High BP or hypertension is a condition wherein the force of the blood against the artery walls is too high, which decreases the flow of the blood and oxygen to the heart, leading to a heart disease. Normally, hypertension is defined as blood pressure above 140/90, and is considered severe if the pressure goes beyond 180/120. Given that high BP has no symptoms, it is also known as a ‘silent killer’.
Growing data suggests the prevalence of hypertension among people has increased to the pandemic. In a study published in the journal Circulation, it was found that the number of people suffering from high blood pressure has increased during the COVID pandemic.
The study conducted by a team of US researchers highlighted how COVID-19 can indirectly cause health issues, even for those who haven’t contracted the SARs-COV-2 virus.
Almost half a million people with an average age of 45.7 years were involved in the study. The scientists compared their blood pressure levels from 2018 to 2020 and found that in the years prior to the pandemic, there were no significant changes in blood pressure. However during the pandemic, it all changed.
Additionally, the study noticed that older participants had increased systolic blood pressure whilst younger participants had increased diastolic blood pressure. Systolic blood pressure is when the heart is pushing the blood into the arteries, whereas diastolic blood pressure is a measurement of the pressure on the artery walls between heartbeats.
The link between COVID pandemic and hypertension
According to the new study, the rise in the cases of hypertension can be linked to the lifestyle changes that have taken place during the pandemic. Researchers are also of the opinion that people’s hesitancy to see their doctors may have given a boost to their blood pressure rather than putting a stop to it.
Dr Sulaiman Ladhani, consulting chest physician, MD Chest and Tuberculosis, Masina Hospital, Byculla, Mumbai says “Pandemic has definitely increased the risk of hypertension, in fact not only hypertension but other non- communicable diseases like diabetes, mental health disorders.
He explains by saying, “The link between COVID-19 and high B.P. goes both ways. Basically people with high blood pressure are at an increased risk of getting covid and also the chances of complications are high. This mainly occurs because of the low immunity and at the same time TA receptors which are the main infective element for COVID-19 that helps it to infiltrate and cause active infections in hypertensive patients which makes their chances of complications very high.”
“At the same time people who have COVID-19 may develop hypertension post infection. So it’s both ways where people with hypertension are at increased chances of getting COVID with high risk of complications, due to the ace receptors at the same time post Covid recovery, people may also be at high risk of developing hypertension and maybe diabetes.” he adds.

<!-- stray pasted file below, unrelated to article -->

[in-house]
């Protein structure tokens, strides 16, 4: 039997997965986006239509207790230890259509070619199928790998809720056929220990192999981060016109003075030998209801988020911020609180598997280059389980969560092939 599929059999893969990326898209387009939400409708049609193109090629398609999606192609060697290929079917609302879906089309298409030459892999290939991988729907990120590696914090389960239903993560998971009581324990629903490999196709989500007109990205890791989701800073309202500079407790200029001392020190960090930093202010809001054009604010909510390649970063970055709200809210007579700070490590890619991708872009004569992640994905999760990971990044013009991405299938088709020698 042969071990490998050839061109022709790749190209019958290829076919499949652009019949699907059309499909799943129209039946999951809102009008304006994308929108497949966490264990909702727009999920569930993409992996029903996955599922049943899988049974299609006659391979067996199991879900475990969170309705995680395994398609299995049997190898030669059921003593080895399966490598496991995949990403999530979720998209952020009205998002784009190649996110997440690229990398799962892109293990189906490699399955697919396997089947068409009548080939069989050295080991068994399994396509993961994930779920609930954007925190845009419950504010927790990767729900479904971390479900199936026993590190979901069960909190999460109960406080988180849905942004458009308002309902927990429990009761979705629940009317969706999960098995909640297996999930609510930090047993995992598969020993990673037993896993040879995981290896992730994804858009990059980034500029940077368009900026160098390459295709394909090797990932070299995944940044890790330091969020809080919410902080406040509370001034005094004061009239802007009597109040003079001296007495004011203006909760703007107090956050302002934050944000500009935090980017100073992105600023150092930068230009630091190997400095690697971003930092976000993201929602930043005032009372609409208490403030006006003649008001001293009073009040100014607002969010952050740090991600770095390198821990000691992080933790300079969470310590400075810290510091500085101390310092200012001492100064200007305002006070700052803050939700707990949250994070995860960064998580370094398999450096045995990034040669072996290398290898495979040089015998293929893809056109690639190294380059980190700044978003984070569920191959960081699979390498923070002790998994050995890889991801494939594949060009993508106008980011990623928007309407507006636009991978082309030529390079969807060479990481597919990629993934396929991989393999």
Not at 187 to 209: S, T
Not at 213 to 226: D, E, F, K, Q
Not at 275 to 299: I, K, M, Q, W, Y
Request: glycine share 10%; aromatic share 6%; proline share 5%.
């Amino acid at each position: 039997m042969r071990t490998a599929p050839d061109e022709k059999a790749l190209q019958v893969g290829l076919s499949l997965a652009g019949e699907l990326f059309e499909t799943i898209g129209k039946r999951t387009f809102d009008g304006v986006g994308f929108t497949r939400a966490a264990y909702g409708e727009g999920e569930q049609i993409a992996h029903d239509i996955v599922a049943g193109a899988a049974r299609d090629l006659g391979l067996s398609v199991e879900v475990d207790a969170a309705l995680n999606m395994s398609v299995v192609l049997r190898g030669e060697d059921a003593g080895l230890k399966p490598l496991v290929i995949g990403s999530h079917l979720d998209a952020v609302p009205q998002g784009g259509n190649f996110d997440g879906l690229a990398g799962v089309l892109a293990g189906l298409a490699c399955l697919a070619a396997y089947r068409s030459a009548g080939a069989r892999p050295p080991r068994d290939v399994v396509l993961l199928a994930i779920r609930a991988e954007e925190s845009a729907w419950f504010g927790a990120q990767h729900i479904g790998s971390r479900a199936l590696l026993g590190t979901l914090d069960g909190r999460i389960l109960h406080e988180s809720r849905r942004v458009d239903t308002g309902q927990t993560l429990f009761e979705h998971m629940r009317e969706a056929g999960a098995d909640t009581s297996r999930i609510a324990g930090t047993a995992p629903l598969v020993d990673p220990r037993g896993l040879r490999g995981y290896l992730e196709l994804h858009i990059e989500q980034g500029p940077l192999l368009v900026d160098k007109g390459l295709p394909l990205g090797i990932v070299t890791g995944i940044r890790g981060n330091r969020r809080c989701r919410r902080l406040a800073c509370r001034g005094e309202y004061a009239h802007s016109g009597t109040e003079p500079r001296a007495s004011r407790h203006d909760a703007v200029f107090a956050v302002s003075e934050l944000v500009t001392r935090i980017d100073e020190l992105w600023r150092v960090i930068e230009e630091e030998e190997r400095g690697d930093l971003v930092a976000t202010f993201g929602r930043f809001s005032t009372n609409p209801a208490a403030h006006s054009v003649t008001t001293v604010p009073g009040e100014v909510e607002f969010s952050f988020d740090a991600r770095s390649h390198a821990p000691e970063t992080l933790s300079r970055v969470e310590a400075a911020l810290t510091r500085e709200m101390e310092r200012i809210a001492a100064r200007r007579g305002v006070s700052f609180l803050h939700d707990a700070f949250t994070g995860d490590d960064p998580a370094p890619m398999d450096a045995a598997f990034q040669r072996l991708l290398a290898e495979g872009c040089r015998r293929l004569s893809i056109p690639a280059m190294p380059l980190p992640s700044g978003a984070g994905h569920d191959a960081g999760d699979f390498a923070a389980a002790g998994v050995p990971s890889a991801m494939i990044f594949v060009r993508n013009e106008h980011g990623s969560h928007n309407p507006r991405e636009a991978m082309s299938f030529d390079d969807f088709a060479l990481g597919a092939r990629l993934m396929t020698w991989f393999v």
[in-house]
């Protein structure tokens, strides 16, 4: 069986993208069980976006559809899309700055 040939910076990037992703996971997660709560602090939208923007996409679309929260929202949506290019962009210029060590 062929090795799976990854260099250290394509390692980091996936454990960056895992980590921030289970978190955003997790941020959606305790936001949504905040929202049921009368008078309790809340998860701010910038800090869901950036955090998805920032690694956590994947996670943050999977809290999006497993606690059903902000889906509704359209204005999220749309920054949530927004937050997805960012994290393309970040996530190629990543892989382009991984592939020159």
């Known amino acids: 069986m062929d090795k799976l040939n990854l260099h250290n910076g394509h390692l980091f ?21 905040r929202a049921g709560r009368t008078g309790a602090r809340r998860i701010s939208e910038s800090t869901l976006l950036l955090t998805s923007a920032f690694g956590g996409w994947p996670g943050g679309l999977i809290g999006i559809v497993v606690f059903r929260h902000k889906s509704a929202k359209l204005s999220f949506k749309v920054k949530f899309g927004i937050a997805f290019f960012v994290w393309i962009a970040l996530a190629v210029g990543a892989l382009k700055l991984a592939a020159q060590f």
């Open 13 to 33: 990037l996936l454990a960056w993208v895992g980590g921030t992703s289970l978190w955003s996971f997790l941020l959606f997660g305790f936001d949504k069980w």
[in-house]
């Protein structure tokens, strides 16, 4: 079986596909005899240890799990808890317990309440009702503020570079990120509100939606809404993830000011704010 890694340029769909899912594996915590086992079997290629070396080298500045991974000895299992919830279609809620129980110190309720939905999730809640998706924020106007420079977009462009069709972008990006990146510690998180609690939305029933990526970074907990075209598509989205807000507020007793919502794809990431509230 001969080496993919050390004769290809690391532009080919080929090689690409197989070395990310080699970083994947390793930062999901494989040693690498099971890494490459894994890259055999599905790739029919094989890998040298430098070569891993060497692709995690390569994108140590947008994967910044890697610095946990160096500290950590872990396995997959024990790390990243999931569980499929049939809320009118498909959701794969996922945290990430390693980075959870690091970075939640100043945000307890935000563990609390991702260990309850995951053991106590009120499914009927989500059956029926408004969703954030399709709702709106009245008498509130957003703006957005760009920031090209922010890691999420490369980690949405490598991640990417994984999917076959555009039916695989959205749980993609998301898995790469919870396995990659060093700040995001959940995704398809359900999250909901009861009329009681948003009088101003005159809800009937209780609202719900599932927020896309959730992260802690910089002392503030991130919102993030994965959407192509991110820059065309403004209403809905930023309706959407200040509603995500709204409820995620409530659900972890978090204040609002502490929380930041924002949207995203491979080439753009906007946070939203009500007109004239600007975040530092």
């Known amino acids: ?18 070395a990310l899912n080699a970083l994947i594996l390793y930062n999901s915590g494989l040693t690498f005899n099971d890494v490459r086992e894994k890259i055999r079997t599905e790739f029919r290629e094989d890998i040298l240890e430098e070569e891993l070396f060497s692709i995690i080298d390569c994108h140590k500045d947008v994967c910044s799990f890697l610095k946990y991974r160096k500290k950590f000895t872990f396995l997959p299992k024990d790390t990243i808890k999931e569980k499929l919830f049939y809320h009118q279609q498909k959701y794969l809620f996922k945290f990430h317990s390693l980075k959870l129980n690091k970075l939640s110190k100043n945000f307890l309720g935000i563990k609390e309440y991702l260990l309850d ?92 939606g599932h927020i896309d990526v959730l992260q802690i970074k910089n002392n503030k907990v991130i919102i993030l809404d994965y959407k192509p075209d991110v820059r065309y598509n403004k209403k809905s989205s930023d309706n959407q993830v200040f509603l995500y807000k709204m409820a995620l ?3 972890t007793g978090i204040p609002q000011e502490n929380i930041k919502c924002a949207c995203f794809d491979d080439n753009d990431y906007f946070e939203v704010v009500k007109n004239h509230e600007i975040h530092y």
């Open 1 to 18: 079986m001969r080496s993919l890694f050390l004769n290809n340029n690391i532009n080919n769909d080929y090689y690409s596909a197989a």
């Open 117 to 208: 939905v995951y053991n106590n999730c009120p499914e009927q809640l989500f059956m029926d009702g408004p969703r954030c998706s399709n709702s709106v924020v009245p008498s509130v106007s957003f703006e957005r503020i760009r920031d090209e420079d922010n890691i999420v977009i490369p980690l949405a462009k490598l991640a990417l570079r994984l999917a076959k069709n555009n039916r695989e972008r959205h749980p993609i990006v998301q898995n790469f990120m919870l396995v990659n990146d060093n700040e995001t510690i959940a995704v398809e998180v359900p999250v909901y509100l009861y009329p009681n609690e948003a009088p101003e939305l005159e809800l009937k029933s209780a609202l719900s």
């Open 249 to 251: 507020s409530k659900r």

Factors that have contributed to the spike in the numbers
According to Dr Ladhani, the lifestyle changes which have occurred due to this pandemic mainly work from home, sedentary lifestyle, chronic anxiety, stress, these are all predisposing factors have led to increased prevalence of hypertension and other chronic health conditions and mental health disorders.
Dr TS Kler, Chairman Cardiac Sciences, Fortis Heart and Vascular Institute in Gurugram is of the same opinion and says, “Non-communicable diseases like diabetes, coronary artery disease are related to poor lifestyle which includes continued stressful routine , anxiety , unhealthy eating habits etc.” Although according to him the pandemic per say has not increased the risk of hypertension, however, the stress and anxiety associated with the pandemic has certainly caused the number to be on a higher side in otherwise normal individuals.
Steps to take
Dr Kler believes that unhealthy lifestyle habits are reversible factors, which can be achieved by maintaining a healthy waist diameter, keeping Hb1AC levels between 6-7 , blood pressures between 130/80. “It is good to be vegetarian, but if you are non-vegetarian, you may choose fish or chicken and avoid red meat. Having adequate sleep as per your age group and above all keeping a cool attitude towards life and avoiding stress can really make differences,” he adds.
On the other hand, Dr Ladhani emphasizes on the importance of proper masking, vaccination and using sanitizers as safety measures. This, according to him, could lessen the prevalence of anxiety.
Additionally, he said, “If you have anxiety or any other mental health issues, please try and seek counseling and medical help wherever necessary and at the same time try to exercise and get ourselves screened at regular intervals to ensure that we are not suffering from any active lifestyle illnesses but most important would be having a healthy diet and some form of exercise with good sleep and trying to allay anxiety and mental health issues.”